fix:ListBox.SelectedItemsBinding="True"
               SelectionMode="Extended"
                     ItemsSource="{Binding MyItems}" />

Doing that, triggers the binding to be refreshed and everything should work.

Tuesday, January 25, 2011

Using a ToDo list more effectively

Have you ever had the need to place a TODO in your code? I’m sure we’ve all done so, for some reason or another. Normally it’s just a temporary reminder that we’ll get back to after finishing off something else, in an attempt to avoid breaking the expensive flow we get our minds into when writing code.

Similar to comments however, TODO’s are only valuable if they have meaningful information, and much like comments, we developers, aren’t necessarily to attentive to such things. A TODO can be a bug, a code smell, an optimization or even a feature that would need to be logged. As such, it would be more valuable if things TODO’s were defined correctly, something that doesn’t often happen (specially when considering the whole flow thing…). That translates into expecting TODO’s inline with:

// TODO: this needs cleaning up

// FEATURE: Need to add support for XYZ

but in turn we get:

// this is some stinky piece of code

// ultimately we need to support feature XYZ

// this code smells worse than a dark alley next to a Club on a Sunday morning

The problem with this, apart from the inconsistency that can cause you sleepless nights, is that things can get lost. The TaskList feature in Visual Studio requires these kind of comments to follow a certain pattern, and even when that occurs, the way they are presented leaves a bit to be desired.

image

[Visual Studio Task List]
Enhancing ToDo’s

ReSharper ToDo management adds several benefits over Visual Studio’s built-in. But before we see these, let’s first examine how we can solve the previous problem. To recall, what we want to do is be able to support multiple formats when it comes to defining comments, so // TODO: fix this and // add this to the list of ToDo’s to fix both would appear under the list of ToDo’s.

Fortunately, the way ReSharper allows us to define ToDo items make this very simple. First, in order to access the definitions, we go to ReSharper| Options | ToDo Items

image

Selecting any of the items (for instance the first one) and double-clicking or clicking on Edit, we get the definition dialog box:

SNAGHTMLd8e0cd3

As opposed to the default Visual Studio, with ReSharper we use regular expression. This provides us with the flexibility required. The above example for instance is telling ReSharper to search for any pattern that contains the word TODO in it. By default, normally these patterns are searched for in comments, although we can optionally look in strings and identifiers too. We do not have to worry about defining case-sensitivity in the regular expression. Instead we can just mark the Case sensitive checkbox if we require it. Finally, we can define the color and icon we want displayed when viewing the list of items (which we’ll see later on).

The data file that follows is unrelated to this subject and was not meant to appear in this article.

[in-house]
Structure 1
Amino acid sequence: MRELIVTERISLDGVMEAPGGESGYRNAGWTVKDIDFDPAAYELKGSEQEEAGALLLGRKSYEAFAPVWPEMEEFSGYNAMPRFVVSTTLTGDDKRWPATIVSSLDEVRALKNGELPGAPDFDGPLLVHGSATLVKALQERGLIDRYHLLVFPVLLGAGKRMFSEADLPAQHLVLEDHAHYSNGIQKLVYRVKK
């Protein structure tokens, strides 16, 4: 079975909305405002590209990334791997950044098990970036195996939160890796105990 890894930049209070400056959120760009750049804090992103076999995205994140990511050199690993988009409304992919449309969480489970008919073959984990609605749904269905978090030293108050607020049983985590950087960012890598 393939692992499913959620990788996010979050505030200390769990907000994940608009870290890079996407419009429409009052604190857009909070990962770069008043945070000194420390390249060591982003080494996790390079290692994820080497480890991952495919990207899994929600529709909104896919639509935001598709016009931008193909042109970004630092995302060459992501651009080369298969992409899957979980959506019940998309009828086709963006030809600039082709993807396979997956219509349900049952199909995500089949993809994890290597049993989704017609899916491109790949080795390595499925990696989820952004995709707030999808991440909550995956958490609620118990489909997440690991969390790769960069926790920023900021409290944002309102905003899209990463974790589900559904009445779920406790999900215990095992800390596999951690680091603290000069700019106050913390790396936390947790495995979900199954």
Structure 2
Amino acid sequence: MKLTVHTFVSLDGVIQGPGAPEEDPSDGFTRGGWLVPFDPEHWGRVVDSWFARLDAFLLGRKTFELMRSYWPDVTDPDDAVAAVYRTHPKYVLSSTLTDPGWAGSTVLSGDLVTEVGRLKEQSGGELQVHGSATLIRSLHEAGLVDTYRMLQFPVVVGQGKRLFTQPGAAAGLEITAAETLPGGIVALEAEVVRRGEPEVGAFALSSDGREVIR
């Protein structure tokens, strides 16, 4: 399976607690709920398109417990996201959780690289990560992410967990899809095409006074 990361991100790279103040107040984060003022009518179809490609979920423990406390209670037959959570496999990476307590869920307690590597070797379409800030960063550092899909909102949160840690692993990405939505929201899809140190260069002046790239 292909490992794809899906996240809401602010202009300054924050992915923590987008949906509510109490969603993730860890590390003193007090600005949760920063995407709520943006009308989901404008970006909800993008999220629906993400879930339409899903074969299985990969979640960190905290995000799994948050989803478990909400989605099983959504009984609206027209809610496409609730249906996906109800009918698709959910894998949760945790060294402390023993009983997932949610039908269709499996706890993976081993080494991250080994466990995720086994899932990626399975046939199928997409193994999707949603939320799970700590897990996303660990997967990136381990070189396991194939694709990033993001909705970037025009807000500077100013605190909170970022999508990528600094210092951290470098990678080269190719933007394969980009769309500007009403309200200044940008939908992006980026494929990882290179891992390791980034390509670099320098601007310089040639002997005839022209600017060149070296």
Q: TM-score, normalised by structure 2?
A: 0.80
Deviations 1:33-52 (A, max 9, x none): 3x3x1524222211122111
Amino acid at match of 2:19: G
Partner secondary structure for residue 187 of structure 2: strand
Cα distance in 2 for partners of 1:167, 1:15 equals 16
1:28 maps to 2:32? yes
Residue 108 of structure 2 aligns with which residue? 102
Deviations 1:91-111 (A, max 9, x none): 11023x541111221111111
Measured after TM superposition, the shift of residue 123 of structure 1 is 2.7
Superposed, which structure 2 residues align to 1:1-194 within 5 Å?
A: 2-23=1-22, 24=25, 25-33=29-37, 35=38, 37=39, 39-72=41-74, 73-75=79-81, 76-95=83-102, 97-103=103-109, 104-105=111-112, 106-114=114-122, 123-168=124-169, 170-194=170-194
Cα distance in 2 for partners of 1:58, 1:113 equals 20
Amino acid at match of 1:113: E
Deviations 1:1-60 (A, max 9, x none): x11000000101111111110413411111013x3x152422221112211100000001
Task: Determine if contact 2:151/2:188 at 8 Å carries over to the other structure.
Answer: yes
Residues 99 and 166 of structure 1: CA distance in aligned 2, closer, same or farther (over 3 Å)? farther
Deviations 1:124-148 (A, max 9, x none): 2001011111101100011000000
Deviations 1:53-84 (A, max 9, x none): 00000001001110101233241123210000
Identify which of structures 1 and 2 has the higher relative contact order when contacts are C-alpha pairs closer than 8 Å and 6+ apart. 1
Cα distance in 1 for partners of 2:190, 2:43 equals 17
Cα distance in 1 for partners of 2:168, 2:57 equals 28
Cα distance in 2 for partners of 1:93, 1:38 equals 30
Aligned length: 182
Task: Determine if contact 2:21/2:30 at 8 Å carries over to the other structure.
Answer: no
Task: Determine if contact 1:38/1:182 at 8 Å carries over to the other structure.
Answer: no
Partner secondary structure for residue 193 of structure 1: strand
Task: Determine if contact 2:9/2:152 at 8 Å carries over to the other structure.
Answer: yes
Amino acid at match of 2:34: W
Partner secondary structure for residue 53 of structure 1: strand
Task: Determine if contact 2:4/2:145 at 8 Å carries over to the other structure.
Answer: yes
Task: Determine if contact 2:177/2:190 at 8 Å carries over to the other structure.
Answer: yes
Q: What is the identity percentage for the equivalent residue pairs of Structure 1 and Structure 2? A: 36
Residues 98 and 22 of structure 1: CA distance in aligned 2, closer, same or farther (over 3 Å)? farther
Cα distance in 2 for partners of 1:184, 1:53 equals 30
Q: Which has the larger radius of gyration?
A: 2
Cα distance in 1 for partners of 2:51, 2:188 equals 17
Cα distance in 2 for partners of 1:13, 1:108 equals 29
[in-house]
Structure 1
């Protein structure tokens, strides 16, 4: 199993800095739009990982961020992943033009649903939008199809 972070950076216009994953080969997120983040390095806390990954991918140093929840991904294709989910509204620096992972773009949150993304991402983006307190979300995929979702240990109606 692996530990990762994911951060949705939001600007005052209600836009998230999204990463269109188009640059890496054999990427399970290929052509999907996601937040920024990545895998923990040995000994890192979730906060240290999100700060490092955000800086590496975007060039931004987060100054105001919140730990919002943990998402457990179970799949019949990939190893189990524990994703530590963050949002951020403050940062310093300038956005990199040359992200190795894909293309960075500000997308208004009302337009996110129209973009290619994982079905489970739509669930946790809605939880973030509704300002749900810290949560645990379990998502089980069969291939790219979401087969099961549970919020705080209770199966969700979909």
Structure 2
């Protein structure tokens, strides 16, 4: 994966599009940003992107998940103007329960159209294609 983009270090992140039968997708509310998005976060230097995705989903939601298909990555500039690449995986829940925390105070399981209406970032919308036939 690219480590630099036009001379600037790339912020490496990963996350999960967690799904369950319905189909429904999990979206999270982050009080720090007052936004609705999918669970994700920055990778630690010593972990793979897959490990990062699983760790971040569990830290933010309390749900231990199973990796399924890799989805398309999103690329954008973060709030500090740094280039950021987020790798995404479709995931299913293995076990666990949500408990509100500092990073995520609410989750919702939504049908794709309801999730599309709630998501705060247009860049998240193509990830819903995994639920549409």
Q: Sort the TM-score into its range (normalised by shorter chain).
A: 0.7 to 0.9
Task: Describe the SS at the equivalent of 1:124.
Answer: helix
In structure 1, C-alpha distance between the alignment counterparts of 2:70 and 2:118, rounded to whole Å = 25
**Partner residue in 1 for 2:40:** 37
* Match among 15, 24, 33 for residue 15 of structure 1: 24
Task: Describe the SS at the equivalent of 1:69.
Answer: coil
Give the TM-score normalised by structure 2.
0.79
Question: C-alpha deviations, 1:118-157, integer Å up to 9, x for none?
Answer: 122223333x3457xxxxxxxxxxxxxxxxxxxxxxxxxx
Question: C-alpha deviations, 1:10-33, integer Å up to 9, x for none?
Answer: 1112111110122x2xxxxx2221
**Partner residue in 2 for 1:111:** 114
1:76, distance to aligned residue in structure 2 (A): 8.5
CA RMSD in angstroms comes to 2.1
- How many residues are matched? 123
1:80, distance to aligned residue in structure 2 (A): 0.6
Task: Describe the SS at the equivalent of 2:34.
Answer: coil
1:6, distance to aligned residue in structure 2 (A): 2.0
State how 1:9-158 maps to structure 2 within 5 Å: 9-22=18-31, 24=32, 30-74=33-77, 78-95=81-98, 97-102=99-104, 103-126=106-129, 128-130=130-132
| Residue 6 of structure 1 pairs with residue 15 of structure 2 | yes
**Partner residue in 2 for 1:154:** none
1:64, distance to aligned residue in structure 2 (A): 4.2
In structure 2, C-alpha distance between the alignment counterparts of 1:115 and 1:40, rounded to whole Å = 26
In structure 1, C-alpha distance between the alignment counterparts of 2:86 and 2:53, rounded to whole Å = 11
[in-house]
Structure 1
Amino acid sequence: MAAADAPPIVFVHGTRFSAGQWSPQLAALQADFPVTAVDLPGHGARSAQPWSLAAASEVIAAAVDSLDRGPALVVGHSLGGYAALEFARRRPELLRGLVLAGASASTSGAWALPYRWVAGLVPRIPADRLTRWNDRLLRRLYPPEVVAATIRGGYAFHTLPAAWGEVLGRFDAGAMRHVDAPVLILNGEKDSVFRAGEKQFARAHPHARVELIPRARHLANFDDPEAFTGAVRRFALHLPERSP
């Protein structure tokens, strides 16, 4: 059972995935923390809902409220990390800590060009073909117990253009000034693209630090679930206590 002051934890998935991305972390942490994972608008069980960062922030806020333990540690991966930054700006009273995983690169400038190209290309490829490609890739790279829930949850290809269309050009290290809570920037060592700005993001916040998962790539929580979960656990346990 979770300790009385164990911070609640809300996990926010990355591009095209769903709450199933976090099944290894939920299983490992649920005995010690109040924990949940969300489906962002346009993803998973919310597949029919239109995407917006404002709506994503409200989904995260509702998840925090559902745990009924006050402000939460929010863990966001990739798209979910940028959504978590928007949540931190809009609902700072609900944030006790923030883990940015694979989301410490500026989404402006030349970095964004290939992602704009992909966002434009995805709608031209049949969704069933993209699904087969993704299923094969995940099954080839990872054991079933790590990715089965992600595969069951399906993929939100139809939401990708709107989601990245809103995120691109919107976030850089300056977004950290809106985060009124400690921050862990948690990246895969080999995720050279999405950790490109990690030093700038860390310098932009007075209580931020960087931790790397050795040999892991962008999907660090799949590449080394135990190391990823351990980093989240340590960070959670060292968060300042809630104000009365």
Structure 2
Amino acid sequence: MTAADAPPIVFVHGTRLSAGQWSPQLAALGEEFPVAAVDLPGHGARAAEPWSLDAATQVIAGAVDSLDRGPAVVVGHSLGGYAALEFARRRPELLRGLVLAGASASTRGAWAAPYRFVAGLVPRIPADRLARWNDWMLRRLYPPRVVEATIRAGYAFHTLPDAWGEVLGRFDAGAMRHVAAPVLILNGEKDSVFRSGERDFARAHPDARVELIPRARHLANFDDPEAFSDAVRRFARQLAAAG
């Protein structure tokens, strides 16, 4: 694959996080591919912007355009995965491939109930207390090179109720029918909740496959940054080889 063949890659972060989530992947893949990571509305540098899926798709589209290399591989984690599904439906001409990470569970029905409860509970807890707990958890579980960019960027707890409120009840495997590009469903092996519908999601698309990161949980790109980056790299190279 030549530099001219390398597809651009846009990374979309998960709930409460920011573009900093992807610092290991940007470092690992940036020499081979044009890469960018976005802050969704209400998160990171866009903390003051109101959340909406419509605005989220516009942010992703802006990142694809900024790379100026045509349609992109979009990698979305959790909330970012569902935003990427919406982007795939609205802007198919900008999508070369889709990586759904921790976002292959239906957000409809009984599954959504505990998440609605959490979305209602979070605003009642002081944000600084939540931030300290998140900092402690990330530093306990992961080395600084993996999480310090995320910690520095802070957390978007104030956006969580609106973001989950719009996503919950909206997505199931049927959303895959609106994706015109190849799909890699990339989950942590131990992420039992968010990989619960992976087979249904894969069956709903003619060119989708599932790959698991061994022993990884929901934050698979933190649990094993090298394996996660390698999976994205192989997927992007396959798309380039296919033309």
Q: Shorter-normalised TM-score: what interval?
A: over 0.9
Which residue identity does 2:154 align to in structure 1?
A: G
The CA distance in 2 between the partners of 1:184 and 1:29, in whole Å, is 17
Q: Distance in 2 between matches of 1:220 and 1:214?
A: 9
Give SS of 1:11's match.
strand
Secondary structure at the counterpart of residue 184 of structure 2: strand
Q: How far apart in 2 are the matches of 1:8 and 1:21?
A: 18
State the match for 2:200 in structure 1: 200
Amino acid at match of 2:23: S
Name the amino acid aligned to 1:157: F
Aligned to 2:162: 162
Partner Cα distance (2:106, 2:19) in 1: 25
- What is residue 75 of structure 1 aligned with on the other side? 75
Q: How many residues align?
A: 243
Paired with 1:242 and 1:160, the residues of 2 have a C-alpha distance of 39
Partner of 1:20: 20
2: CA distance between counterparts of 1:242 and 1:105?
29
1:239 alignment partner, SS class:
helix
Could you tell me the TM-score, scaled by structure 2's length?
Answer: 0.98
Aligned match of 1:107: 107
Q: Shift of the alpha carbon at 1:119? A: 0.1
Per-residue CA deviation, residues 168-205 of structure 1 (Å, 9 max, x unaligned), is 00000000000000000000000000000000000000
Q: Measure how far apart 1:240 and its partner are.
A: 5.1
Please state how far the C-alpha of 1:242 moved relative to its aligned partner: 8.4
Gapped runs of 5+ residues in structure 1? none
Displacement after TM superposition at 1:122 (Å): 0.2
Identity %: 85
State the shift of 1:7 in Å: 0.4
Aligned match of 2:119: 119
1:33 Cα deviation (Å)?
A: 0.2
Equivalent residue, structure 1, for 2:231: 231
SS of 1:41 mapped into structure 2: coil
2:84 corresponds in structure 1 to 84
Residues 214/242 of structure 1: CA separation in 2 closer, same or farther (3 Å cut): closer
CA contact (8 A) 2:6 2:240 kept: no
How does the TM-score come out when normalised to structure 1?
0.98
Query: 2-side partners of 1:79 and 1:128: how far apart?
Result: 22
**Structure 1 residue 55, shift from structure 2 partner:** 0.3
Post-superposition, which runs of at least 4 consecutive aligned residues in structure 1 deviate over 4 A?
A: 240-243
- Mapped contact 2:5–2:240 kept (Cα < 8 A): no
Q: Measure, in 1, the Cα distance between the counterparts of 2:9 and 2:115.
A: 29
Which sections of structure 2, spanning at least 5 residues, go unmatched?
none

Adding new Items

By default, out of the box, ReSharper comes with four items (Todo, Bug, Note and NotImplemented). We can easily extend this to offer support for other items such as identifying code smells, features, etc. Easiest way is to simply click on an existing item and Duplicate it:

SNAGHTMLdbf5c1b

Searching and Filtering Items

Having the items defined, we can now display a list of them by invoking the Todo Items Explorer from ReSharper | Tools | To-do Items, or pressing Ctrl+Alt+D (VS Scheme)

SNAGHTMLdc547b1

The advantage of course is that it is not required for items to begin with a certain word, as this can be in any position of the string. ReSharper also allows us to filter items so that we can focus on a specific type of task by using the Filter option:

image

which can also be customized using under Tools | Options (accessible too from the To-do Explorer [icon to the left of Filter]). Last but not least, we can also group items by a variety of options, from namespaces to projects, to types, etc.

SNAGHTMLdc90bf9

Now that’s what I call a colorful, albeit long list of tasks

Source: Jetbrain.

Wednesday, January 12, 2011

TFS 2010 - Urban Turtle for a Better Scrum

TFS 2010 - Urban Turtle for a Better Scrum: "Urban Turtle logo

TFS 2010 - Urban Turtle for a Better Scrum

If you doing Scrum in TFS 2010 this is an Add-on you can’t ignore!!! Urban Turtle is built by Pyxis Technologies and provides an awesome Scrum experience for TFS.

Urban Turtle will assist you with your Scrum process with a beautiful Interface and easy functionality though TFS 2010 Web Access.

Sounds Good? give it a try http://urbanturtle.com – You can download it for 30 days

Ream More from Brian Harry

Planning Board

  • Prioritize your backlog using drag-and-drop interface
  • Change to priority of a user story and the task will automatically follow
  • Easy filtering let's you focus on what you are doing
  • Plan your work with a simple drag-and-drop
  • Effortlessly add tasks to a user story

image

Task Board

  • Task board to view completed, ongoing and remaining work at a glance
  • Select or close a task in a second using drag-and-drop
  • Increase the efficiency of your Daily Scrum by providing transparency to your team
  • Sprint Burndown with live data to make sure you deliver what you are committed to
  • Makes impediment visible to easily eliminate it

image

"

Tuesday, January 11, 2011

Urban Turtle–The best add-in to VS2010 for Agile development

Urban Turtle logoEveryone wants to do agile software development these days but without the right tool its near to impossible. Pyxis is working for months to put their expertise in agile software development in a box called Urban Turtle.

Mario Cardinal, the host of the Visual Studio Talk Show, is quite happy these days. He works with the Urban Turtle team and they received significant support from Microsoft. Brian Harry, who is the Product Unit Manager for Team Foundation Server, has published an outstanding blog post about Urban Turtle that says: "...awesome Scrum experience for TFS.” You can read Brian Harry's blog post at the following URL: http://urbanturtle.com/awesome.